Thogdin Ripley Top Ten (Part 2) – Reckless Records London

Thogdin Ripley Top Ten (Part 2)

This weeks Top Ten is from Thogdin Ripley

Thogdin’s one half of Hexus Press, who’ve just released Oliver Zarandi’s book of ‘tender body horror’ Soft Fruit in the Sun. When not squinting at books he co-runs Norwich’s finest (also: only) krautrock, prog and experimental disco night, Long Swords.

 1. O Thanatos Tis Baby Jane — Giorgos Hatzinasios

Nikos Nikolaidis’ 1987 sci-fi film Morning Patrol sits somewhere between the soul-crushing ennui of Stalker and the greasy neon of the original Bladerunner. The soundtrack takes a sort of a sub-Hovis commercial refrain and repeats it, bleeding through its pastoral suggestiveness into — perhaps unsurprisingly —territory that’s firmly Vangelis.  By the time this wonderfully titled track appears, everything in the film is doomed (but of course), and the original refrain has been reduced to little more than a mournful electronic wash over some spidery synths. The perfect soundtrack for simply trying to survive in a crumbling and ruined city ruled over by a totalitarian state.

2. Bei Mir — Turo

Starting just as grimly as Thanatos & Baby Jane left us, Turo’s post-Krautrock track develops slowly into something warmer and beautifully avant-pop. In my mind this is the wonky, slightly queasy background music to the best sleep it’s possible to have.

3. Etude No.3 — Henry Warwick

Originally released on cassette in in 1987, Canadian soundscapist Warwick’s collection of evocative instrumental tracks are available as pay-as-you-feel through his bandcamp page, and amazingly hasn’t ever seen a vinyl issue. Of them, Etude No.3 is my favourite, with its quietly sighing Korg and deeply meditative structure, reminiscent of the slow and resonant formation of crystals. It’s only a shame it doesn’t last for another 40 minutes or so.

4. Selig Die Barmherzigen, Denn Sie Werden Erbarmen Finden — Hubert Bognermayr & Harald Zuschrader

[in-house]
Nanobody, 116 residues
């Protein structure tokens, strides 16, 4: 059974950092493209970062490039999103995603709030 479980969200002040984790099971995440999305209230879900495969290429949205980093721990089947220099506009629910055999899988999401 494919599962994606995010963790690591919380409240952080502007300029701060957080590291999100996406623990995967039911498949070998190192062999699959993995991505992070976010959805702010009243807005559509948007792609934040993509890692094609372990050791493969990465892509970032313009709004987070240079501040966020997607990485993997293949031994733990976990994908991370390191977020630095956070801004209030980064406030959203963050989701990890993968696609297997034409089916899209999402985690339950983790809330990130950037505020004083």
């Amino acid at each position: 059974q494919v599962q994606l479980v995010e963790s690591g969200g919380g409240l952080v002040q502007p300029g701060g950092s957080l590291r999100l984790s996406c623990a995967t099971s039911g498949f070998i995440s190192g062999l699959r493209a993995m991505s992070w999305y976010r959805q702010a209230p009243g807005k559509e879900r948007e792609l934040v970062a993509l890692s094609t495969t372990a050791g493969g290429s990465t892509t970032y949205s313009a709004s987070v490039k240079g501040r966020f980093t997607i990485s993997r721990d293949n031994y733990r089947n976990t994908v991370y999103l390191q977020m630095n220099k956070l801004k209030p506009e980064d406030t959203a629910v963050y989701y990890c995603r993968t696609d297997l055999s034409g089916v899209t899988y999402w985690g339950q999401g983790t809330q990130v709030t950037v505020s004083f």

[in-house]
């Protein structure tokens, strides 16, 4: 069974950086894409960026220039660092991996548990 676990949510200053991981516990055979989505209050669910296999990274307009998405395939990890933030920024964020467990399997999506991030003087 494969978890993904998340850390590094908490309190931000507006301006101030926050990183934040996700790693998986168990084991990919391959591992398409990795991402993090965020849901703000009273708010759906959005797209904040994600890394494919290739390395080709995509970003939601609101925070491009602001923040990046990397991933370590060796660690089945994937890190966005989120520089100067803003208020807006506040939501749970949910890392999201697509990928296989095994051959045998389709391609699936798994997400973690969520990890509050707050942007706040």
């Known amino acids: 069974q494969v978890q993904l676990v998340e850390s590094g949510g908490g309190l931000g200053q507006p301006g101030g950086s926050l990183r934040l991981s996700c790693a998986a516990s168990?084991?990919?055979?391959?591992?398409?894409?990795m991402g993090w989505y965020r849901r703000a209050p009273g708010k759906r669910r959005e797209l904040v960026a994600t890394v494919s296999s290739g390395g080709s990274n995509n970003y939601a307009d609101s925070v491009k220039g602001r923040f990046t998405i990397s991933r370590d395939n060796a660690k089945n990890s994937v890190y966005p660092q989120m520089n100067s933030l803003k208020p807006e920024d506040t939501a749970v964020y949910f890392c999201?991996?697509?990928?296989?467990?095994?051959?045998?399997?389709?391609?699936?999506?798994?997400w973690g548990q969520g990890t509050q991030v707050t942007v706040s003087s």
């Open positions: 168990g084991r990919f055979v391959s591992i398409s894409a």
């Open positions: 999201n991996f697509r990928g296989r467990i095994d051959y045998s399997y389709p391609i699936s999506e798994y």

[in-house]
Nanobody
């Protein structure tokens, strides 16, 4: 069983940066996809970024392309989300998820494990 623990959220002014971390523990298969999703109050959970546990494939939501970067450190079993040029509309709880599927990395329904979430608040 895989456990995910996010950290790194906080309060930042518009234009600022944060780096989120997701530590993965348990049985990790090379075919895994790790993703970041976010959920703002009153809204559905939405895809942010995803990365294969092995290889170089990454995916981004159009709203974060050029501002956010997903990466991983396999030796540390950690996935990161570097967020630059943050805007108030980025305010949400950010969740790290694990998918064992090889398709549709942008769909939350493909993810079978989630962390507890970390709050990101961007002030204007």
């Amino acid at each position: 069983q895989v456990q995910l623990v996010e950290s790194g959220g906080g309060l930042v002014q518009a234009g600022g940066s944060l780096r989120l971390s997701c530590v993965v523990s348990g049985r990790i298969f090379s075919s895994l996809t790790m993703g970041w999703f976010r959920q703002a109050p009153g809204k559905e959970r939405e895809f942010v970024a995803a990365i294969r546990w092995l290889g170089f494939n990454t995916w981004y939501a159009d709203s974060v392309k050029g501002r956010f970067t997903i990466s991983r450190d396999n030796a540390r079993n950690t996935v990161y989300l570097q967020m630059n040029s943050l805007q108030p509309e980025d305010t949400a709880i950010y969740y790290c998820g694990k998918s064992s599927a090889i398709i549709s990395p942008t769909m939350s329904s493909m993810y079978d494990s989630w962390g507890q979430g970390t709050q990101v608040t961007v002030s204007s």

Ex-Eela Craig, Bognermayr and Zuschrader’s extraordinary Bergpredigt is a concept album based around Christ’s sermon on the mount. And why not? Praised at the time by Wendy Carlos for their veracity, I came across this LP earlier this year, and it’s been driving my better half mental ever since.  This is perhaps the ‘easiest’ track from it, but the whole thing hangs together as a sort of a rambling, episodic and repetitive descent into a kind of a Christian computer music that I didn’t know I loved ‘til discovering it. My copy has a promotional sticker declaiming it  “1. Preis des Internationalen Christlichen Radiofestivals”, which can’t be said for any of the other LPs in my care. Is their really any higher praise?

5.  Go — Kashmir

What better than the sound of heavy steps through cold rain on these sodden October days?  Kashmir’s late (1979) entry to the annals of French prog is a pretty solid LP, containing at least three (!) good tracks.  Go encapsulates everything I like about their sound — combining as it does a certain cheesiness in the keyboards with an otherworldly vocal, which manages to suggest that they really do take the whole thing very seriously. Expansive and, on record (and maybe most importantly), still relatively inexpensive.